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Santa Fe Southern Railway, Santa Fe, New Mexico

Santa Fe Southern Railway

Finally, the Departure time arrived and I dashed back to the station for the 6:30 pm departure of the High-Desert Highball on the SFSR.

When I arrived about 6:00, the parking lot was jammed, and at the station I could see many well-dressed young ladies and gentlemen.  The young ladies were dressed for more than a vintage train ride!




The younger folks boarded the rear two coaches and the flatcar at mid-train.



The riders in our section of the train were obviously not high school age!

The Plaza Lamy Dome Car



SF502 spent time in the Super Chief Consist in the 1950s.

Dome level seating

Main Lounge (below the dome)

The original "Turquoise Room" was being enjoyed by Brian Fox and Jennifer Werner of Boston and Kym Fox of Santa Fe.


Bar at the end of the  Main Lounge

Janice Convery has prepared a three-fold brochure for Santa Fe Southern Railway entitled:

The Plaza Lamy:  Ode to An American Legend

I found a copy next to the steps to the dome.  It explains the history of the car with original pictures, explaining, "Our Plaza Lamy (SF502) was one of the six Pullman 500-series 'Pleasure Dome' cars ever featured on the beloved Super Chief consist" and further details.


The prom particpants from The Desert Academy, a private school in Santa Fe, were soon onboard and we were off on our excursion.  They had the two last cars and access to the flatcar.  Vicki had mentioned that SFSR hosts school groups (which I observed during the afternoon) and this school's prom fell into the 'school' category so they received a discount.

Amy Miller, Middle School Director, has suggested the train for the prom and had not gotten an enthusiastic response...until the last couple of weeks before this date, when the idea really caught on.

Dr. Charles Ray Griffin, Head of School, was with the prom group with his son, Luke.  At the end of the journey I asked him for a comment,  "It was great. Three hours and no one got off the train!  A great success!"


Vicki introduced me to Charles Bensinger before we departed.  Charles is with Renewable Energy partners of New Mexico ( ) and was observing SFSR's first use of his Biofuel on this trip. 

Charles produces fuel for SFSR's diesels that is 20% bio-fuel and 80% diesel.  This is the first RR in New Mexico to use it and there are plans to use it in school busses and light rail.  His Biofuel is made from a soybean base.  This is an exciting step in reducing particulates where they most need to be reduced, around schools, cities, and for users of public transportation.  His website proudly announces,

In April, Santa Fe drivers prevented 48 tons of fossil carbon dioxide (CO2) from entering the atmosphere by filling up with biofuels."

Also onboard were Chester and Joyce Robins (left) and Roy Berbert from Greenville, North Carolina, who obviously were enjoying themselves!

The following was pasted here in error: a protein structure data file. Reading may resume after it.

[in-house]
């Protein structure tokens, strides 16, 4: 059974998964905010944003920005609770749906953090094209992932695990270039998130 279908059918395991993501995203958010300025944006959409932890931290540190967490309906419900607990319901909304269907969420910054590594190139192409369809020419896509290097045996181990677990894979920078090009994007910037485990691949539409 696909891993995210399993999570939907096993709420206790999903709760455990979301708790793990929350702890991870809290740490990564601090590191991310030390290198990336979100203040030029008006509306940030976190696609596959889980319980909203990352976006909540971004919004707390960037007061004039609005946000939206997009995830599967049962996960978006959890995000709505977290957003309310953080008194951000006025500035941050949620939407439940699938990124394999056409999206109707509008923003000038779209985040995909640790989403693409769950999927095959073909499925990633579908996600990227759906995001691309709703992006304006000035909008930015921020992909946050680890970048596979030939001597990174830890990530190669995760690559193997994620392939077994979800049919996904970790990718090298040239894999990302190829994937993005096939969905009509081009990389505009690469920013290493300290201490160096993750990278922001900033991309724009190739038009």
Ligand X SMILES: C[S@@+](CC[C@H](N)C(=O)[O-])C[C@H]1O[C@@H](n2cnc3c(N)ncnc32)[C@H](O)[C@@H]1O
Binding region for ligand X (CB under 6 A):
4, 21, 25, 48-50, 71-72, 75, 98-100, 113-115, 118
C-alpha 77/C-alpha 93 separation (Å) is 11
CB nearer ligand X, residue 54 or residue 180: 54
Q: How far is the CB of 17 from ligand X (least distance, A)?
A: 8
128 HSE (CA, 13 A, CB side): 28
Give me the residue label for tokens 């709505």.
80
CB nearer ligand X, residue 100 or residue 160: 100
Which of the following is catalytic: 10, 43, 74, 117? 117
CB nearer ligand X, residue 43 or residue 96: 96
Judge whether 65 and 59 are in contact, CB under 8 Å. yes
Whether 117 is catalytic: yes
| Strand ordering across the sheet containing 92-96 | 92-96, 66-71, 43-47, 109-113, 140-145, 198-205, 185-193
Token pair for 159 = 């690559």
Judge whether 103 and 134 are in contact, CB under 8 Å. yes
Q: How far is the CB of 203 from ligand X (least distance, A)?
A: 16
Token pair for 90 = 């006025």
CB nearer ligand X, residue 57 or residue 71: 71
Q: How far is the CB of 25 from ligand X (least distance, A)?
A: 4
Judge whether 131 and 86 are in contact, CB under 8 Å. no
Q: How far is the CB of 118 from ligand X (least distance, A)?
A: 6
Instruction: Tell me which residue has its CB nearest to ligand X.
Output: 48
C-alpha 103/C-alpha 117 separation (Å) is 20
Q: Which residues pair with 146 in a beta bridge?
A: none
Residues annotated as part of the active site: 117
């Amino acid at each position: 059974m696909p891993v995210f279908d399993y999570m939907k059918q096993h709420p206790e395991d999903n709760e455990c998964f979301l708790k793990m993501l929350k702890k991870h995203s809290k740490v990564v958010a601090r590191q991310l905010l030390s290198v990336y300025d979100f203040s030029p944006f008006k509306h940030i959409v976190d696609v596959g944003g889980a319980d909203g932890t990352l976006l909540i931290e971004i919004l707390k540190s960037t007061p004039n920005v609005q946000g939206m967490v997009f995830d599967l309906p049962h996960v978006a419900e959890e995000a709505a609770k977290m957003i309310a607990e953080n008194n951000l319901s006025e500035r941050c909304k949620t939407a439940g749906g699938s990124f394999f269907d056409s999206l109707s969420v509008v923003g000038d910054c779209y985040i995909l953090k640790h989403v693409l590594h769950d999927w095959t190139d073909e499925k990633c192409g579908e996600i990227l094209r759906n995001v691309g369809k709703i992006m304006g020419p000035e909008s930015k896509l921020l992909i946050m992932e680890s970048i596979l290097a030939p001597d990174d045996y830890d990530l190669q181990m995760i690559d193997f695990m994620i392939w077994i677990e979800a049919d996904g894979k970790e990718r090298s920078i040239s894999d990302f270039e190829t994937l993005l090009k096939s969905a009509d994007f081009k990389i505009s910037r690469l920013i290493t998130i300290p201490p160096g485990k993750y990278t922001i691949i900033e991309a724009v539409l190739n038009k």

Hershell Adams was security for the prom and found it an unusual, but enjoyable, assignment.

Natalie, onboard SFSR staffer, knew the history and current operations.  She said the mix of freight and passenger revenue was about half and half, with the bulk of the freight being building materials and Budweiser.  SFSR moves Budweiser product, delivered to Lamy from its manufacturing point in Fort Collins, CO, to Premier, NM,  its final distribution point by truck to many western states.

She said the track was laid in 1880 by Atchison, Topeka, and Santa Fe and there was a narrow gauge, "Chili Line," that used to extend north from Santa Fe and eventually trains could connect through to Denver.  However, that track has been taken up, but you can see the right of way as you travel north to Taos.

This trip was about 32 miles round trip from Santa Fe toward Lamy.  Lamy is 18 miles south of Santa Fe.  Lamy is 6400 feet and Santa Fe is about 7000 ft.  Natalie explained that the name "Santa Fe" originally came from the Santa Fe Trail, and the main line never originally went to Santa Fe.  The Santa Fe Trail was a trade route from the Southwest to Kansas, as was the Pecos Trail, also in this area.

Lamy had a Harvey House and the Santa Fe Southern Railway took passengers on to Santa Fe, and they then took land transportation on to Taos.  Quite an ordeal in 1880.


In the 1950s this car was restored,

Westin, white shirt, informed  those in the "Central Railroad of New Jersey" car that it had been a commuter car in 1922.  It had 'walk over' seat backs so passengers could always face forward.


As the sun began to set, we felt like 'Riders of the Purple Sage.'



We watched the sun set and began our darkened trip, in reverse, back to Santa Fe.

Announcing our arrival at crossings after dark, was the caboose, with light and horn!  A aged cab car?

When we returned to the darkened depot in Santa Fe, and the youngsters were safely on their way home after their unique and memorable 


I was surely glad I'd come here and taken advantage of one of the Santa Fe Southern's ...


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